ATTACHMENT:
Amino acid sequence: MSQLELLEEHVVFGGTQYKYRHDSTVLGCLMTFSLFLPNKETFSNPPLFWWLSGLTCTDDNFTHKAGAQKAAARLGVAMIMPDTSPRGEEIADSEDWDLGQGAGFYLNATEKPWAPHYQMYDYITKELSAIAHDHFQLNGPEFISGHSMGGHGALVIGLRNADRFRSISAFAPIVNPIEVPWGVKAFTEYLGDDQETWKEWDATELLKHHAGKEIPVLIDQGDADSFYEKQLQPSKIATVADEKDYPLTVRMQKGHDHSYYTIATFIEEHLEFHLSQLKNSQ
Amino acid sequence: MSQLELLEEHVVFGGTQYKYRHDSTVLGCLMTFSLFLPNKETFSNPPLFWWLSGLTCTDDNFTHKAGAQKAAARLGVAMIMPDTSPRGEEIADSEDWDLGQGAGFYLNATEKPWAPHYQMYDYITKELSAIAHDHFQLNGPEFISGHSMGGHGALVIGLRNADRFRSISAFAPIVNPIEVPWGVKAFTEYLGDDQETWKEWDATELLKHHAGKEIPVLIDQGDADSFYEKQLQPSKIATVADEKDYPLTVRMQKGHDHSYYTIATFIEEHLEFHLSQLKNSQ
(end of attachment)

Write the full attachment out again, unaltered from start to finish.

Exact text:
Amino acid sequence: MSQLELLEEHVVFGGTQYKYRHDSTVLGCLMTFSLFLPNKETFSNPPLFWWLSGLTCTDDNFTHKAGAQKAAARLGVAMIMPDTSPRGEEIADSEDWDLGQGAGFYLNATEKPWAPHYQMYDYITKELSAIAHDHFQLNGPEFISGHSMGGHGALVIGLRNADRFRSISAFAPIVNPIEVPWGVKAFTEYLGDDQETWKEWDATELLKHHAGKEIPVLIDQGDADSFYEKQLQPSKIATVADEKDYPLTVRMQKGHDHSYYTIATFIEEHLEFHLSQLKNSQ
Amino acid sequence: MSQLELLEEHVVFGGTQYKYRHDSTVLGCLMTFSLFLPNKETFSNPPLFWWLSGLTCTDDNFTHKAGAQKAAARLGVAMIMPDTSPRGEEIADSEDWDLGQGAGFYLNATEKPWAPHYQMYDYITKELSAIAHDHFQLNGPEFISGHSMGGHGALVIGLRNADRFRSISAFAPIVNPIEVPWGVKAFTEYLGDDQETWKEWDATELLKHHAGKEIPVLIDQGDADSFYEKQLQPSKIATVADEKDYPLTVRMQKGHDHSYYTIATFIEEHLEFHLSQLKNSQ